Again, here EU policy-makers can do more to encourage consumers and other end users to electrify heating. This can be achieved, for example, by lowering the costs associated with smart heat pump installation.
Nearly a quarter of Europe’s current energy needs are met by Russian sources Image: Eurostat
3. Decentralization: flexibility, resilience and renewables
We also recommend that EU regulators adopt proactive measures to decentralize our energy system. This can be done by incentivizing uptake of new technologies connected with rooftop solar panels, demand-side flexibility, microgrids and smart Electric Vehicle (EV) charging.
While the REPowerEU plan posits some positive proposals on these issues, we believe they should be a much higher priority at an EU and national level. Again, a mix of new regulatory obligations, tax incentives and planning waivers can boost demand-side uptake of such technologies.
4. Build right from the outset: optimizing energy use
Finally, instead of retrofitting to compensate for prior inefficiencies, we need to build better from scratch, leveraging digital tools to guide the design of new buildings for maximum energy efficiency.
Our research indicates that by adopting appropriate efficiency tools from the outset, the EU can, by 2030, increase energy savings by 20-30% in new commercial buildings, and by 50% in new residential buildings. An ambitious recasting of the EPBD will be fundamental to this process.
REPowerEU and energy efficiency: a time for action
The situation in Ukraine, and the energy supply shocks, underscore how important it is to expedite the EU’s transition to a more secure and cleaner energy future.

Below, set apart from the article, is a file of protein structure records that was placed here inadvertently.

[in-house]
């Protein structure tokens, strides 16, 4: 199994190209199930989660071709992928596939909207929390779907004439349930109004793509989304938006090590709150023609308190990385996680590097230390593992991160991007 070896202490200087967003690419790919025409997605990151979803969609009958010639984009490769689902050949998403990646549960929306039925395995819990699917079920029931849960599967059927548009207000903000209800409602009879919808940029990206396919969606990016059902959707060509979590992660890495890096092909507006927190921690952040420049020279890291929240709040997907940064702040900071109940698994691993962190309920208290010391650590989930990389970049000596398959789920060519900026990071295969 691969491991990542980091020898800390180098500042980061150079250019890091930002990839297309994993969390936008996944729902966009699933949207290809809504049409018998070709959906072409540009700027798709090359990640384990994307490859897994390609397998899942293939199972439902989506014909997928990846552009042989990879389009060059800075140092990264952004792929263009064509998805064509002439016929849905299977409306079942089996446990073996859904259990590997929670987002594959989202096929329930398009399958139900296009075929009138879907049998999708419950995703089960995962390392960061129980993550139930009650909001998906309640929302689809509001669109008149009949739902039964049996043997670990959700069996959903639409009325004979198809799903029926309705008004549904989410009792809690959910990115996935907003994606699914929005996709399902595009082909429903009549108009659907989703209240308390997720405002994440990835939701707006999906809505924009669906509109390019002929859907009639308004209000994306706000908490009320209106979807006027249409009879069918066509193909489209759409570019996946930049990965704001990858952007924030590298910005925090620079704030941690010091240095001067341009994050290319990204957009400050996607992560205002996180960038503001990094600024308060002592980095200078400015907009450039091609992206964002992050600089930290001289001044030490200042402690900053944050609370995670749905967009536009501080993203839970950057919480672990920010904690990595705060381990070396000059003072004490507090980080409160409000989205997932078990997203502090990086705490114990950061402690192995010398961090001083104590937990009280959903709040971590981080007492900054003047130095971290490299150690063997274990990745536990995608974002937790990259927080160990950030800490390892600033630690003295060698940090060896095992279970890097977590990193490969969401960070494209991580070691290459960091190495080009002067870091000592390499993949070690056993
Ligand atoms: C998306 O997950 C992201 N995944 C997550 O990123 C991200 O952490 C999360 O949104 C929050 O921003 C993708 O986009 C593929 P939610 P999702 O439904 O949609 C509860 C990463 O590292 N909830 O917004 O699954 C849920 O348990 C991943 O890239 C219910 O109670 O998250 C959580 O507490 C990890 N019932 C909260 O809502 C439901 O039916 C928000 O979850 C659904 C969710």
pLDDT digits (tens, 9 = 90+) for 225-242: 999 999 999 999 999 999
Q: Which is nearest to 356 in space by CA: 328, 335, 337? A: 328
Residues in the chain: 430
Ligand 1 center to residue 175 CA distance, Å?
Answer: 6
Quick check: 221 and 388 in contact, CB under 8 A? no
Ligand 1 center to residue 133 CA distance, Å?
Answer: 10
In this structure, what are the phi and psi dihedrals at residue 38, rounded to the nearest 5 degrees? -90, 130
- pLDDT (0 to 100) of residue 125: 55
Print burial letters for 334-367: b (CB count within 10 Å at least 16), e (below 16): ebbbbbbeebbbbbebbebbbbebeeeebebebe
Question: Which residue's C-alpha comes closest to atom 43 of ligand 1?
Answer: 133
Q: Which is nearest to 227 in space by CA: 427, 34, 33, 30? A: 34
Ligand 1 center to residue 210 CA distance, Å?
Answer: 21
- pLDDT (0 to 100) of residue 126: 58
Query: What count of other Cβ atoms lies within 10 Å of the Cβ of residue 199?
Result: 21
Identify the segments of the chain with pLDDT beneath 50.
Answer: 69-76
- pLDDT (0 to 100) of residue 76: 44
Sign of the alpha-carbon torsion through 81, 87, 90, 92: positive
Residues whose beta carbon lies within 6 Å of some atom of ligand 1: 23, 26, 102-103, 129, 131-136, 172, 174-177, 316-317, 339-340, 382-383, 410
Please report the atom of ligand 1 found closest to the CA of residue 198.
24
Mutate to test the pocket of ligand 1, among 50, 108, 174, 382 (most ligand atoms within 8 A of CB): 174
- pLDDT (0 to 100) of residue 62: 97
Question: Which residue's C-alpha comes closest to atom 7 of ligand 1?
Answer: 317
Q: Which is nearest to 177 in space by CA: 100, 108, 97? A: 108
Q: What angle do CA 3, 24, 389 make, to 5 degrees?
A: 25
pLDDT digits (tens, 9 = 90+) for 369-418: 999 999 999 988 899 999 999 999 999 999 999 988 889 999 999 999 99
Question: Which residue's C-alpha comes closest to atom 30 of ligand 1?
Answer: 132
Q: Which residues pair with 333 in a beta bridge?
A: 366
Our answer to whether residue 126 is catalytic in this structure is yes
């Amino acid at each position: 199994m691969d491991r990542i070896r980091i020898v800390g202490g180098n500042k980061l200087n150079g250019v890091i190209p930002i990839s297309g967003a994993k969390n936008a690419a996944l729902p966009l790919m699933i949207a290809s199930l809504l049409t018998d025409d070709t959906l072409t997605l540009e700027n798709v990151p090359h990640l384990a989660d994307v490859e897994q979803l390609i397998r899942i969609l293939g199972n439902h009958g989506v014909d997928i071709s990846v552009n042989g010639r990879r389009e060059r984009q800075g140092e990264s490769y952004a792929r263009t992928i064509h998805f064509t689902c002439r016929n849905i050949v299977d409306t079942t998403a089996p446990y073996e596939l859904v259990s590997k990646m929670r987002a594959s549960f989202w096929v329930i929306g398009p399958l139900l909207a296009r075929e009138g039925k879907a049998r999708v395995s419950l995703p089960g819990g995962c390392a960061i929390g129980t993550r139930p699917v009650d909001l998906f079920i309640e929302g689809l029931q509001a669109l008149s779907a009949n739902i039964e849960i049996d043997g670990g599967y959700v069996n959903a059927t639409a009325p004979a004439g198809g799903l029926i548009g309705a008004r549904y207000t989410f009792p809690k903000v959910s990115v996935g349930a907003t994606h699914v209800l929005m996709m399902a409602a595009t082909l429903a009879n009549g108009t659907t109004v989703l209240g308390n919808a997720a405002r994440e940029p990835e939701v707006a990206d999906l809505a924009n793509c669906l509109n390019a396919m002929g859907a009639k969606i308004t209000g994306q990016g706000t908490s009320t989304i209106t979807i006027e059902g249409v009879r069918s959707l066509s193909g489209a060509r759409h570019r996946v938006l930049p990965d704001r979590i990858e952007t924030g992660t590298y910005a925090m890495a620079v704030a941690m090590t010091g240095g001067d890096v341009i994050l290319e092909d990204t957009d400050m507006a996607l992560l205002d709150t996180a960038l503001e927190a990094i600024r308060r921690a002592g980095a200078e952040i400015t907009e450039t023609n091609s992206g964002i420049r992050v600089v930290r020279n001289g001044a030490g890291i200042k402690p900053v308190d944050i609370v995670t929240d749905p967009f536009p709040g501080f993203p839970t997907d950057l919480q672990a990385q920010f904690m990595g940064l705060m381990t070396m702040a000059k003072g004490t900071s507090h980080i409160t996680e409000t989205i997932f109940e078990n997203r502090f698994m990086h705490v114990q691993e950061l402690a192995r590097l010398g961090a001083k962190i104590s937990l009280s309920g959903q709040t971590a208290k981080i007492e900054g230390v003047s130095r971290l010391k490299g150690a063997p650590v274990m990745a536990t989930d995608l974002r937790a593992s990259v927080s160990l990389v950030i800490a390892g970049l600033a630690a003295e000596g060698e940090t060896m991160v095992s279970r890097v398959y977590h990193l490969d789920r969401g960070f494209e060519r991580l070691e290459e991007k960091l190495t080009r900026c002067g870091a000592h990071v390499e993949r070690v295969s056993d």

It can be done. Recall how Japan realized large-scale structural transformation at speed. In the decade following the nuclear disaster at Fukushima, the country reduced the share of electricity generated by nuclear energy from one-third in 2011 to less than 4% today. Energy savings, improved efficiency and increased use of renewables crucial in achieving this transition.
What’s the World Economic Forum doing about the transition to clean energy?
Moving to clean energy is key to combating climate change, yet in the past five years, the energy transition has stagnated.
Energy consumption and production contribute to two-thirds of global emissions, and 81% of the global energy system is still based on fossil fuels, the same percentage as 30 years ago. Plus, improvements in the energy intensity of the global economy (the amount of energy used per unit of economic activity) are slowing. In 2018 energy intensity improved by 1.2%, the slowest rate since 2010.
Effective policies, private-sector action and public-private cooperation are needed to create a more inclusive, sustainable, affordable and secure global energy system.
Benchmarking progress is essential to a successful transition. The World Economic Forum’s Energy Transition Index, which ranks 115 on how well they balance energy security and access with environmental sustainability and affordability, shows that the biggest challenge facing energy transition is the lack of readiness among the world’s largest emitters, including US, China , India and Russia. The 10 countries that score the highest annual in terms of reading account for only 2.6% of global emissions.
To future-proof the global energy system, the Forum’s Shaping the Future of Energy and Materials Platform is working on initiatives including, Systemic Efficiency, Innovation and Clean Energy and the Global Battery Alliance to encourage and enable innovative energy investments, technologies and solutions.
Additionally, the Mission Possible Platform (MPP) is working to assemble public and private partners to further the industry transition to set heavy industry and mobility sectors on the pathway towards net-zero emissions. MPP is an initiative created by the World Economic Forum and the Energy Transitions Commission.
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Europe now has the opportunity to turbo-charge its own energy transition, while at the same time improving its long-term competitiveness, and bringing about a greener and more sustainable future for its citizens.
We can’t wait any longer. The clock is ticking.
• Read the Schneider Electric white paper in response to REPowerEU here.